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CODE4LIB  June 2005

CODE4LIB June 2005

Subject:

Re: browser toolbars

From:

Gianluca Drago <[log in to unmask]>

Reply-To:

Code for Libraries <[log in to unmask]>

Date:

Fri, 10 Jun 2005 10:00:00 +0200

Content-Type:

text/plain

Parts/Attachments:

Parts/Attachments

text/plain (51 lines)

> I found the links above *very* helpful, thank you, but now I am torn.
> On one hand I see extraordinary power and functionality in the creation
> of these toolbars. All you need is a text editor and knowledge of a few
> computing technologies. On the other hand, they will only work with
> Firefox, and too few people use this browser. Chagrin.
>
> --
> Eric Morgan

Eric,

first of all I must admit I am not neutral in the choice between
Internet Explorer and a community-developed open-source software as
Firefox is :-) I developed a Firefox toolbar not only to give our
patrons a new tool to play with, but also to promote the "freedom of
choice". That said, I understand that the vast majority of people use
Internet Explorer and I 'm not here to convince anyone to waste his time
in developing a niche tool.

On the other hand, Firefox is free, anyone can install it from the web,
without the need to throw Internet Explorer away, he can have both
browsers coexist together inside his desktop.
What if, instead of running inside a Firefox window, the toolbar could
run inside its own container, as for instance in the Mozilla Amazon
Browser (http://www.infodraft.com/~faser/mab/)? I think the real node
is: "Is this kind of technology useful?" If yes people will start using
it no matter if they usually surf the web with a different browser.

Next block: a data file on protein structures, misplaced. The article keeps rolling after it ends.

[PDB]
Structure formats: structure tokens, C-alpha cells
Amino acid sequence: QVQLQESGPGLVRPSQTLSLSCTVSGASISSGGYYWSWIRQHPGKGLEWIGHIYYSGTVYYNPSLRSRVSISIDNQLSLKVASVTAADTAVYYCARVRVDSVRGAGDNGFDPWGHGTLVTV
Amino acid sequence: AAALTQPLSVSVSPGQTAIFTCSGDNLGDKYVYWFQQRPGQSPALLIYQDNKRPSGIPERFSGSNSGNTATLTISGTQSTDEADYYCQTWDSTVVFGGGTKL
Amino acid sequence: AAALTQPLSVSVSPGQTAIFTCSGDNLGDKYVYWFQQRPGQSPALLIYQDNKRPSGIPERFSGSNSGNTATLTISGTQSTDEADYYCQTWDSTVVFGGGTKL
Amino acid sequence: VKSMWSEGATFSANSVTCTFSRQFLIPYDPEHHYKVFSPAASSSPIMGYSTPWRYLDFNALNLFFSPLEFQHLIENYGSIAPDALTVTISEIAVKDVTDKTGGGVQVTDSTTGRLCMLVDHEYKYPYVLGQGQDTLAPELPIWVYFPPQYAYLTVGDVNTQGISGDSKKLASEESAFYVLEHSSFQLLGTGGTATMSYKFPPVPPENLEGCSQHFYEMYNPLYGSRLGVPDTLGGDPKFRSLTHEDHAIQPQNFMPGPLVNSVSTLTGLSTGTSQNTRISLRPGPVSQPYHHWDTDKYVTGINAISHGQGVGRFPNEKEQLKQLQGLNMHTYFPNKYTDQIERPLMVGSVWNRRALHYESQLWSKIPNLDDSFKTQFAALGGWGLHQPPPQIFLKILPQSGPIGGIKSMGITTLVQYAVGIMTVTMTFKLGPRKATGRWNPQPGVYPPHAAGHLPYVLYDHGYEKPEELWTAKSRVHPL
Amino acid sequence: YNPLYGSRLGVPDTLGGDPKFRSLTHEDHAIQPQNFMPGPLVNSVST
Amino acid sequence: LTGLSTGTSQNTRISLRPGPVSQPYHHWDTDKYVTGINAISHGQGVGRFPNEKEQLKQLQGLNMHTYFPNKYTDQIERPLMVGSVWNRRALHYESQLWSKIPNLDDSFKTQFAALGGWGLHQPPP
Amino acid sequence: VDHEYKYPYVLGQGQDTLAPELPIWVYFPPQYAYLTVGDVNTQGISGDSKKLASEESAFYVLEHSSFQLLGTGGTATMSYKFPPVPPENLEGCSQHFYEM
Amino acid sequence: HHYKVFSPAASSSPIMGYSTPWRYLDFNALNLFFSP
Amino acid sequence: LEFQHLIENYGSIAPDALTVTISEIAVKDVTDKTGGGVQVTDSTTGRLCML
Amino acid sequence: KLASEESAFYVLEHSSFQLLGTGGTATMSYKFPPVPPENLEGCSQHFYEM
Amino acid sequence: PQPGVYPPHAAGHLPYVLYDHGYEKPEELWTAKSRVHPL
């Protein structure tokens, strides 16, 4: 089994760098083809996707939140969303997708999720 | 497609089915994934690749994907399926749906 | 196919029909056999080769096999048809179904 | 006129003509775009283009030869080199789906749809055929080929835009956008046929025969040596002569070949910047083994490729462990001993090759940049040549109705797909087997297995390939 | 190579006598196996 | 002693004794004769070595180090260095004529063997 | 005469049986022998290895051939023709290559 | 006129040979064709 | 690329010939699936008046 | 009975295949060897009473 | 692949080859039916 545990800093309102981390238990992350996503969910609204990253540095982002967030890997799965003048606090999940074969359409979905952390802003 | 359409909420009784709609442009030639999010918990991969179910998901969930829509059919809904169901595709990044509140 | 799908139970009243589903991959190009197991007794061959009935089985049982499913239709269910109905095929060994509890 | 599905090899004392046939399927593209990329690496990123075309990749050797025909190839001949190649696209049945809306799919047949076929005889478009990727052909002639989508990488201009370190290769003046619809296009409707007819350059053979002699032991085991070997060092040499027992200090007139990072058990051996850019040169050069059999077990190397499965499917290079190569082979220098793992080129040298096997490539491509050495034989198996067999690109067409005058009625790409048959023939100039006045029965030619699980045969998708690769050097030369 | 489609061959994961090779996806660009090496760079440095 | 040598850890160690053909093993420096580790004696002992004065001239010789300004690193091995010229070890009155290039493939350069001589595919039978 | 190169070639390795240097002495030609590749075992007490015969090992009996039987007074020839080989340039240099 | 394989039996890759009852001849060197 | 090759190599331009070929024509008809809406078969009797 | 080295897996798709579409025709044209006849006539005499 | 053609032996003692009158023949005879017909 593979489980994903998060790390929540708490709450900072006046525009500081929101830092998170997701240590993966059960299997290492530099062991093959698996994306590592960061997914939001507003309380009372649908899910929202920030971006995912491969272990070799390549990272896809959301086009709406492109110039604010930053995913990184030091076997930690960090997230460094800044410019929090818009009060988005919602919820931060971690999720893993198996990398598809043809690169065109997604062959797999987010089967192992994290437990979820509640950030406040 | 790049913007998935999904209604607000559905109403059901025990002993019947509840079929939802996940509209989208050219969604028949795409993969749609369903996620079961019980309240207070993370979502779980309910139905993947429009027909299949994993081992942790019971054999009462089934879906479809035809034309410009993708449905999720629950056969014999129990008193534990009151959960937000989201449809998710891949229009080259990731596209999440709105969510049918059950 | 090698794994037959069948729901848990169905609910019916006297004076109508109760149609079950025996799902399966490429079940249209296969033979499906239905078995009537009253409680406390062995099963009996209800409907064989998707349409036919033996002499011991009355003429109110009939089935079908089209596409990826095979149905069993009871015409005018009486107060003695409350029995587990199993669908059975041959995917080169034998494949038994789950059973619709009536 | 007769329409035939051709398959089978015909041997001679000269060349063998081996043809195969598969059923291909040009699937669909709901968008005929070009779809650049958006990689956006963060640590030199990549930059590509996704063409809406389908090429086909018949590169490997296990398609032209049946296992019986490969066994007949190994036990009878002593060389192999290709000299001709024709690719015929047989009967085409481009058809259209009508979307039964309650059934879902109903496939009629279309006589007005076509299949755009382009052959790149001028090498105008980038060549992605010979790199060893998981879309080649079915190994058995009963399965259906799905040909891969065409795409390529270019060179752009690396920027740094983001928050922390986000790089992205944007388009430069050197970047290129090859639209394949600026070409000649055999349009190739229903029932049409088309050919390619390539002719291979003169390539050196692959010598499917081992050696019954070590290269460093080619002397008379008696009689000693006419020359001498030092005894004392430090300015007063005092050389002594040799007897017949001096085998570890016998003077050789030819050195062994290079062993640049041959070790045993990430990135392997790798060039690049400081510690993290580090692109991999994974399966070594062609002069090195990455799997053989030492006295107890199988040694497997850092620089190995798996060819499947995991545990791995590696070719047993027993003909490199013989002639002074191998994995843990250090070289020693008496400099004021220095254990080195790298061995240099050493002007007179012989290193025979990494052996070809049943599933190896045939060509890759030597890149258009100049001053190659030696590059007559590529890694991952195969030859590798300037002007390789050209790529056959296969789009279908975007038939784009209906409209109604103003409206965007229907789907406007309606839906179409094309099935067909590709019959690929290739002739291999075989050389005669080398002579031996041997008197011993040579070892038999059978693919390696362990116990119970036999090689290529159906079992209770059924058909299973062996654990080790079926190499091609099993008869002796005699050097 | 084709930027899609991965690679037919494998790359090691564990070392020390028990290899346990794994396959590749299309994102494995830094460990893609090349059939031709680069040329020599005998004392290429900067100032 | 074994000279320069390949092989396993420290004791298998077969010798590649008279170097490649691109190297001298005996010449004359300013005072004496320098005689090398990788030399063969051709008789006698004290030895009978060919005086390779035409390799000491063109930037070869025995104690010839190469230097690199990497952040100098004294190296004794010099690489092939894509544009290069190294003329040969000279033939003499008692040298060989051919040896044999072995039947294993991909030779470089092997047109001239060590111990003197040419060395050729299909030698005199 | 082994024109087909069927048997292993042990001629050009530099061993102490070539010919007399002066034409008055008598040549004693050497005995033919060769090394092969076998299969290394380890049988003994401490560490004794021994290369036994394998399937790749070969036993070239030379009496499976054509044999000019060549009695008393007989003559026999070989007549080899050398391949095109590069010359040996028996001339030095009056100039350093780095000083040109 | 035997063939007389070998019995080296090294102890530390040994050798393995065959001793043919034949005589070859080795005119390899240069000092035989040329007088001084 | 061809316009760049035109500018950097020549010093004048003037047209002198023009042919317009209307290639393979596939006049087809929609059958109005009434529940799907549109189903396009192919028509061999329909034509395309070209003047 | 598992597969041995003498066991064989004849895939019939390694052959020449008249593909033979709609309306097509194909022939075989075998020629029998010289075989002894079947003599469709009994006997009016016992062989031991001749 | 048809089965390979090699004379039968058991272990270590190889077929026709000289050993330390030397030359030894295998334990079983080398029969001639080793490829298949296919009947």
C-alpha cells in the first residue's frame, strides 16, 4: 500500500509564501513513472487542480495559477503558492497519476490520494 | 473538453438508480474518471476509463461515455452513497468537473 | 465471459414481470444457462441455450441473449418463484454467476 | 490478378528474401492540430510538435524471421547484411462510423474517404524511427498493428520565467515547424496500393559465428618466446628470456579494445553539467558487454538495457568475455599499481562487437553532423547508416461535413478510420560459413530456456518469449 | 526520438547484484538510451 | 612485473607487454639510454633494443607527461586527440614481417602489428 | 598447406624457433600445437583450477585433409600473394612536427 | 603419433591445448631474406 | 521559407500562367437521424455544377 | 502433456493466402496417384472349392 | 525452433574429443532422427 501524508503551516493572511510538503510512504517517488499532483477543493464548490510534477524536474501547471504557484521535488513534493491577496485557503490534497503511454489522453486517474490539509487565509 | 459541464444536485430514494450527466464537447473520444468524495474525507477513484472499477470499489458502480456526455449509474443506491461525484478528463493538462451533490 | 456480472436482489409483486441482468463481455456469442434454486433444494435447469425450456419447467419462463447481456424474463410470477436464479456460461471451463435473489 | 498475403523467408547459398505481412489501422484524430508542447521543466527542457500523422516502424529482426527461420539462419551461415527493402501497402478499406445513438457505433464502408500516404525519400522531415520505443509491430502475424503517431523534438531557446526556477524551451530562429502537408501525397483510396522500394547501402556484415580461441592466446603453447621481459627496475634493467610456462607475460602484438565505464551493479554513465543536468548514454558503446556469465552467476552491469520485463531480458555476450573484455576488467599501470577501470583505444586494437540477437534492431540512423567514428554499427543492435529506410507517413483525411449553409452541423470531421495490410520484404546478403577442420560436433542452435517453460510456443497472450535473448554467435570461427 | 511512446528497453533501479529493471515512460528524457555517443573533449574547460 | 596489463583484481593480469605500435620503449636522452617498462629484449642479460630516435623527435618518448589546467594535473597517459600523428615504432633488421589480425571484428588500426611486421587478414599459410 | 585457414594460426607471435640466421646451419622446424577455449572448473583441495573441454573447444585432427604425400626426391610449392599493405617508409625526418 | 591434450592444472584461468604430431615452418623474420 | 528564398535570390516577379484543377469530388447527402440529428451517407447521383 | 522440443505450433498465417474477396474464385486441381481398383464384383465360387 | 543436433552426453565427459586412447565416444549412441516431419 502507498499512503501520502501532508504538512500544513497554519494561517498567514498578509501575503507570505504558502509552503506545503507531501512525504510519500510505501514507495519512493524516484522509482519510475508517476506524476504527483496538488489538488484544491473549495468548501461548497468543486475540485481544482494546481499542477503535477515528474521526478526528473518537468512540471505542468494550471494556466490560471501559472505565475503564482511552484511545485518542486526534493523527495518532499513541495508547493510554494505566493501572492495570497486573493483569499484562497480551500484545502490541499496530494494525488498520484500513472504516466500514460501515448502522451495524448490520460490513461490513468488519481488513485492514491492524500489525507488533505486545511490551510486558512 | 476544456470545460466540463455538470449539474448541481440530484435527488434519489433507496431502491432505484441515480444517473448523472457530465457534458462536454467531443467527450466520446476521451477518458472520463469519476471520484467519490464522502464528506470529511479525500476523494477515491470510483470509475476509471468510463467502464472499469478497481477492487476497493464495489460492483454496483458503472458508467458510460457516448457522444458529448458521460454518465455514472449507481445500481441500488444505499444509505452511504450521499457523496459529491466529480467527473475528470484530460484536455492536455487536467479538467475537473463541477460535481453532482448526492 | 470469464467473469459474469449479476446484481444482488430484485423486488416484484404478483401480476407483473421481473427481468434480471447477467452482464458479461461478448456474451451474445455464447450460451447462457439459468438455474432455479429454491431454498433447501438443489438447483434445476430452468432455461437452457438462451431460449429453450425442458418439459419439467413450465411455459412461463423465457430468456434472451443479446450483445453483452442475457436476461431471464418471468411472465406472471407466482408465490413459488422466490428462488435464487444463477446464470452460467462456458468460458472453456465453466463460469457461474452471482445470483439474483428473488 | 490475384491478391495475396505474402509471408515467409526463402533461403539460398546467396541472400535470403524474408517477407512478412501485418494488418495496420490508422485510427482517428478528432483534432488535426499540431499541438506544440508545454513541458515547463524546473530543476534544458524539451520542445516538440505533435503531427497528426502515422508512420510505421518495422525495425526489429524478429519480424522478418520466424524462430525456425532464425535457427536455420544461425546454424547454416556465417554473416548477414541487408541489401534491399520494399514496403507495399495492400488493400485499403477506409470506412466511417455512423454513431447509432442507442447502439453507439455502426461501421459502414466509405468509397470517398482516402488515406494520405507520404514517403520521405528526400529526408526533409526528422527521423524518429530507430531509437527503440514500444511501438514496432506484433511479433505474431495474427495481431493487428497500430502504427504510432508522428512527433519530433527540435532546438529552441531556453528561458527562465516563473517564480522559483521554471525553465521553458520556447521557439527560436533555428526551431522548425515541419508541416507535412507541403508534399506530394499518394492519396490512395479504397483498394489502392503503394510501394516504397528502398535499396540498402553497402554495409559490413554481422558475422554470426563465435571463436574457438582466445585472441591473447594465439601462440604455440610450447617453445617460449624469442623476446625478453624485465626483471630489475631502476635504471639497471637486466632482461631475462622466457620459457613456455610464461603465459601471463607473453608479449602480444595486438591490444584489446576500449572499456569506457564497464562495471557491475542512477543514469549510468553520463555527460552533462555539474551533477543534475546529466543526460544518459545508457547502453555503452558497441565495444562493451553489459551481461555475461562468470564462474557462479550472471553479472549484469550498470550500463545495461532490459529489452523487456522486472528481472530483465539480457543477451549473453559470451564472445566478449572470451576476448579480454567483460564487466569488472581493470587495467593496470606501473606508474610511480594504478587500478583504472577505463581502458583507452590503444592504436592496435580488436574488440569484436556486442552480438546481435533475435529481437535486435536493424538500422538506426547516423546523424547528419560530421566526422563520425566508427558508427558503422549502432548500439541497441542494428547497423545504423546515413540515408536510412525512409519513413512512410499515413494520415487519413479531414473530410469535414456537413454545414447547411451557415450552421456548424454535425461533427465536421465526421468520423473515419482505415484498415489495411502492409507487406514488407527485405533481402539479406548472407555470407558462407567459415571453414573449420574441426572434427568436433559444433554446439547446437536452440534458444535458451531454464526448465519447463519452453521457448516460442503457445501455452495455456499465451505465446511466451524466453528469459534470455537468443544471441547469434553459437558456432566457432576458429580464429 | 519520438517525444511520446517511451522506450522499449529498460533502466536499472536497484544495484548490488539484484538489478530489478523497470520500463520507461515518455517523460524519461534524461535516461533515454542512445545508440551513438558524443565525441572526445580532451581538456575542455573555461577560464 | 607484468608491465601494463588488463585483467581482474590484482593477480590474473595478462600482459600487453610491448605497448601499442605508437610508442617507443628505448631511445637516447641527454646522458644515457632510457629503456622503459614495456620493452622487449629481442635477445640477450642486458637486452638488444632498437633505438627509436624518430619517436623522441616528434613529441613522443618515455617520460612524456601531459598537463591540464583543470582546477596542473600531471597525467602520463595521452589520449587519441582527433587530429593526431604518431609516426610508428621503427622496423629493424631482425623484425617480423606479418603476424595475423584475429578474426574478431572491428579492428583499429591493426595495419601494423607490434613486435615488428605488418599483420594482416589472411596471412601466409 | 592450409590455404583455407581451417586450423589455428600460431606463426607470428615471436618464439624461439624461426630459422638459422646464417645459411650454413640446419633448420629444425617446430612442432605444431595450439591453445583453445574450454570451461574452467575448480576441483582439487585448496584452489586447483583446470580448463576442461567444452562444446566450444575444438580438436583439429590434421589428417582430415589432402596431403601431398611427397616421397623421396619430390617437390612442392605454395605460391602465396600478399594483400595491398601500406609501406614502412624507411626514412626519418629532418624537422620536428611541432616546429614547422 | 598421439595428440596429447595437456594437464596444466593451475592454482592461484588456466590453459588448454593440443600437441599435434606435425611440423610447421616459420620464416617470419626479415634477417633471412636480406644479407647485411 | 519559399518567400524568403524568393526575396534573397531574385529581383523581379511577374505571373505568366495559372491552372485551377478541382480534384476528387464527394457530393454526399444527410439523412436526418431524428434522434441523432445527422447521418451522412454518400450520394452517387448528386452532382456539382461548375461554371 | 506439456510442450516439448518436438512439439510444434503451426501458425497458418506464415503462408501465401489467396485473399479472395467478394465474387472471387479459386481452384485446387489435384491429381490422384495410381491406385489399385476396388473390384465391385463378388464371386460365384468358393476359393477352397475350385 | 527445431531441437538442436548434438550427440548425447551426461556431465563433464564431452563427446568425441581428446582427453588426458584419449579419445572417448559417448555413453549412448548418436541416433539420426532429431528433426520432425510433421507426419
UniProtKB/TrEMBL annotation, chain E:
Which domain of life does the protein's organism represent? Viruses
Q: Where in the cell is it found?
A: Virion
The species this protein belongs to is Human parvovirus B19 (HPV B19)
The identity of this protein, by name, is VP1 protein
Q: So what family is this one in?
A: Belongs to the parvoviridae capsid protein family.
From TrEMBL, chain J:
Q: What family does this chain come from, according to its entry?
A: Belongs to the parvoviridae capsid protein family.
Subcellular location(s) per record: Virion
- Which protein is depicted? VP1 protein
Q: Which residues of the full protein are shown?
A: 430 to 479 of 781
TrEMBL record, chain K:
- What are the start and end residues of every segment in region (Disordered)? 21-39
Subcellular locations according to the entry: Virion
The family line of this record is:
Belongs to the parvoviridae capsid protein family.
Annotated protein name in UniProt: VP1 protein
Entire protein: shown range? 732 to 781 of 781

It also depends on how your library services (catalogs, databases,
ill/dd service, and so on) are presented in Internet. If you already
have a well structured portal maybe a tool like this is redundant, if
your services are 'hidden' at the four corners of the web and you must
click and re-click, and click again to reach them, maybe a toolbar will
make sense. You can think of it as a client library portal, where you
don't have a server side library portal, or -- to say it with the words
of Lorcan Dempsey (http://orweblog.oclc.org/archives/000505.html) -- as
an 'intrastructure', a desktop tool for interaction and integration.

Moreover it could be useful in kiosks where you have freedom to choose
which browser to install (actually at the University of Padua we have
kiosks with Linux and Firefox.)

For my work is really valuable this exchange of thoughts, I hope I
didn't abuse of your patience.

Gianluca


-----------
"Is not patrons that build the library, it's the library that builds
patrons". (One of the first things I learned as a librarian)

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